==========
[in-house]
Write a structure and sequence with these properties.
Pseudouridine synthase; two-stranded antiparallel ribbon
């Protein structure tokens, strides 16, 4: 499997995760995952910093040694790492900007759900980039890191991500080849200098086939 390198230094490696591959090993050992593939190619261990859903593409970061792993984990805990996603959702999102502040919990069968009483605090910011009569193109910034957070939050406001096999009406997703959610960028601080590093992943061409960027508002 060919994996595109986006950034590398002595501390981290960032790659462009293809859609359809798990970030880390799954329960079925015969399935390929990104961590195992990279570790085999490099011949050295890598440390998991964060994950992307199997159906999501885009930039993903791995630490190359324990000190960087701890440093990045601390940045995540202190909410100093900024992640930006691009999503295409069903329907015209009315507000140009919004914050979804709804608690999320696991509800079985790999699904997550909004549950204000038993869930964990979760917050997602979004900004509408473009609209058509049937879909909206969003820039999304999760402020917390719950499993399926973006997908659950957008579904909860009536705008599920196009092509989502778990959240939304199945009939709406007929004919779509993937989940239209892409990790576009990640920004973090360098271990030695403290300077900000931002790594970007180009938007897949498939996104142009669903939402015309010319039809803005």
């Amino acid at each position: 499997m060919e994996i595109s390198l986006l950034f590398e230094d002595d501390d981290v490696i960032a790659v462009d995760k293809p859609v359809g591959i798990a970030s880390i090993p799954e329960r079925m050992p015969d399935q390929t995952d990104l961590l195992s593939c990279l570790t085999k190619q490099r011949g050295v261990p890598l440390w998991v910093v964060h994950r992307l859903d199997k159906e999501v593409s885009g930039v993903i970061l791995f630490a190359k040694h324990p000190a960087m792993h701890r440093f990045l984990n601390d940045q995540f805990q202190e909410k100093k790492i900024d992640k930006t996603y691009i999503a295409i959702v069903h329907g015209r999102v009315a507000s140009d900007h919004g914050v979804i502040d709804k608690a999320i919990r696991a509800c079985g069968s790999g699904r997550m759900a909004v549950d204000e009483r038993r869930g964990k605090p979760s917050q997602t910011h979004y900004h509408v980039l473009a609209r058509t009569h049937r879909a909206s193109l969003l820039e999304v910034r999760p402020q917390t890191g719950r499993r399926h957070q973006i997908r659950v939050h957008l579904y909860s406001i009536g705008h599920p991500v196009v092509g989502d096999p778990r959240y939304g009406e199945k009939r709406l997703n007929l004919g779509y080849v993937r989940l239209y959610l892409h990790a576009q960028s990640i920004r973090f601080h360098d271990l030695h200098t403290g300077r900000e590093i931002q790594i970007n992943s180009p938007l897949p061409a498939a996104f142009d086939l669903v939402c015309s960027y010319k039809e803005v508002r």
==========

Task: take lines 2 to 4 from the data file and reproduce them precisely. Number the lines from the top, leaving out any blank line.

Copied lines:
Write a structure and sequence with these properties.
Pseudouridine synthase; two-stranded antiparallel ribbon
């Protein structure tokens, strides 16, 4: 499997995760995952910093040694790492900007759900980039890191991500080849200098086939 390198230094490696591959090993050992593939190619261990859903593409970061792993984990805990996603959702999102502040919990069968009483605090910011009569193109910034957070939050406001096999009406997703959610960028601080590093992943061409960027508002 060919994996595109986006950034590398002595501390981290960032790659462009293809859609359809798990970030880390799954329960079925015969399935390929990104961590195992990279570790085999490099011949050295890598440390998991964060994950992307199997159906999501885009930039993903791995630490190359324990000190960087701890440093990045601390940045995540202190909410100093900024992640930006691009999503295409069903329907015209009315507000140009919004914050979804709804608690999320696991509800079985790999699904997550909004549950204000038993869930964990979760917050997602979004900004509408473009609209058509049937879909909206969003820039999304999760402020917390719950499993399926973006997908659950957008579904909860009536705008599920196009092509989502778990959240939304199945009939709406007929004919779509993937989940239209892409990790576009990640920004973090360098271990030695403290300077900000931002790594970007180009938007897949498939996104142009669903939402015309010319039809803005």